Incline Cable Fly Exercise

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Incline Bench Cable Fly Exercise

Incline cable fly targets the fibres of the clavicular head of the pectoralis major (upper chest). Essentially, the technique used is the incline cable fly is the same as in the basic exercise (flat bench cable fly) but on a bench set at an incline of 30° to 45º. This variant is excellent to achieve congestion of the upper part of the pectoral muscle, where dumbbell flyes are less effective. As a consequence, it works out an area of the pectoral muscles that is otherwise difficult to train, and the inclusion of this exercise in your training routines is recommended.

Incline Cable Fly Exercise

Incline Cable Fly Exercise

How to Do an Incline Cable Fly?

STARTING POSITION: Set the pulleys at the floor level (lowest level possible on the machine that is below your torso). Place an incline bench (set at 45 degrees) in between the pulleys, select a weight on each one and grab a pulley on each hand. With a handle on each hand, lie on the incline bench and bring your hands together at arms length in front of your face. Your shoulders should be roughly in line with the pulleys. This will be your starting position.

EXECUTION (ACTION): Maintaining a slight bend in your elbows (in order to prevent stress at the biceps tendon), lower your arms out at both sides in a wide arc until you feel a stretch on your chest. Breathe in as you perform this portion of the movement. Keep in mind that throughout the movement, the arms should remain stationary. The movement should only occur at the shoulder joint. Return your arms back to the starting position as you squeeze your chest muscles and exhale. Hold the contracted position for a second.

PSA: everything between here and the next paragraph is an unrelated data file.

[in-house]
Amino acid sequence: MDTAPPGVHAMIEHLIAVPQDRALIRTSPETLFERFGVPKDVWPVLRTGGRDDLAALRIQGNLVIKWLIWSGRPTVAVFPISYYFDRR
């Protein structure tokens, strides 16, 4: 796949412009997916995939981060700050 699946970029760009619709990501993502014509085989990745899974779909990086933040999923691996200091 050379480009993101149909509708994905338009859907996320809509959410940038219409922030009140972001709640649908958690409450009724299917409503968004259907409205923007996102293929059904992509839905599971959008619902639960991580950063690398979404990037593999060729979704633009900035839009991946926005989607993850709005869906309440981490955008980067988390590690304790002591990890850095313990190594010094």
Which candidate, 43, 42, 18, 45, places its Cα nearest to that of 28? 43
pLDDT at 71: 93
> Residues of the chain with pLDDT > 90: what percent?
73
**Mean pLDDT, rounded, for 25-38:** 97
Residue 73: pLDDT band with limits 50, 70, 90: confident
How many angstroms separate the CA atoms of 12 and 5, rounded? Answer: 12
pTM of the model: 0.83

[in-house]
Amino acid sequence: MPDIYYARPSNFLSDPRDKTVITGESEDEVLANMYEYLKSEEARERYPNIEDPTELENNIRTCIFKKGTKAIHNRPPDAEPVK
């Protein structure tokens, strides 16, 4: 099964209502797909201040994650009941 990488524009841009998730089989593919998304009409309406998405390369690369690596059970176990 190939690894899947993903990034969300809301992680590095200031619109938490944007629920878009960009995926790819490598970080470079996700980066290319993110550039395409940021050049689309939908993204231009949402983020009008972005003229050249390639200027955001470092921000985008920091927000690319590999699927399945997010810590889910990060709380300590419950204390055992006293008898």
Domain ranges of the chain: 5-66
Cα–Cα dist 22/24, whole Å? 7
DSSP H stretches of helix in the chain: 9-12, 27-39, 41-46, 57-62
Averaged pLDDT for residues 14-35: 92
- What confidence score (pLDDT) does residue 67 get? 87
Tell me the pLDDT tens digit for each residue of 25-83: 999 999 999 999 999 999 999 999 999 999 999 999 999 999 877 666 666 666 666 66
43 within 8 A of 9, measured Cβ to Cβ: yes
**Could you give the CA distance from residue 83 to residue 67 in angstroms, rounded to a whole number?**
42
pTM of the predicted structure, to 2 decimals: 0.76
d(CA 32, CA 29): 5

Advanced Tip

At the top of each rep, cross your hands over one another so that your wrists touch. Squeeze your pectorals together in this position.

Incline Cable Fly Common Mistakes

  • Short movement because the cable is not long enough or the pulleys are too far apart.
  • Doing a press rather than flyes.
  • Deficient concentration of work on the pectoral muscle because too much of the strain is taken by the deltoids.

Muscles Involved

  • MAIN MUSCLES: upper pectoralis major (clavicular area), deltoids (anterior)
  • SECONDARY MUSCLES: coracobrachialis, subscapularis, serratus, M. biceps brachii
  • ANTAGONISTS: latissimus dorsi, deltoid (posterior), trapezius, rhomboids, teres

Incline Cable Fly Substitutes

Instead of using cables, you can do flyes on a machine or using dumbbells.

Visit our upper chest exercise database to find those exercises.

Tips & Tricks

Keeping your arms slightly bent, pull the handles in front of you as if you were hugging a barrel, squeezing your chest when your hands are above your torso.

Bring the cables together over your upper chest until the handles barely touch (or you can also lift the cables slightly past the point where the handles touch).

Don’t lower the weight too far to the side on the way down.

Closing Thoughts

The inclusion of the incline cable fly in your training routines is highly recommended. Cables provide many benefits over dumbbells: you’re able to maintain steady, constant tension throughout the entire exercise (range of motion). During a free-weight fly, the resistance is very uneven over the range of motion. The tension is very high in the stretched position, which increases the risk of overstretching the tendons of both the chest and the long head of the biceps. As you bring the weights up, the resistance decreases dramatically. It is almost null at the top of the movement. The second advantage of the cable over dumbbells is that you can bring your arms either toward your abdomen or toward your head (or anywhere else between these two points) to change the angle at which the pectoralis muscles work.

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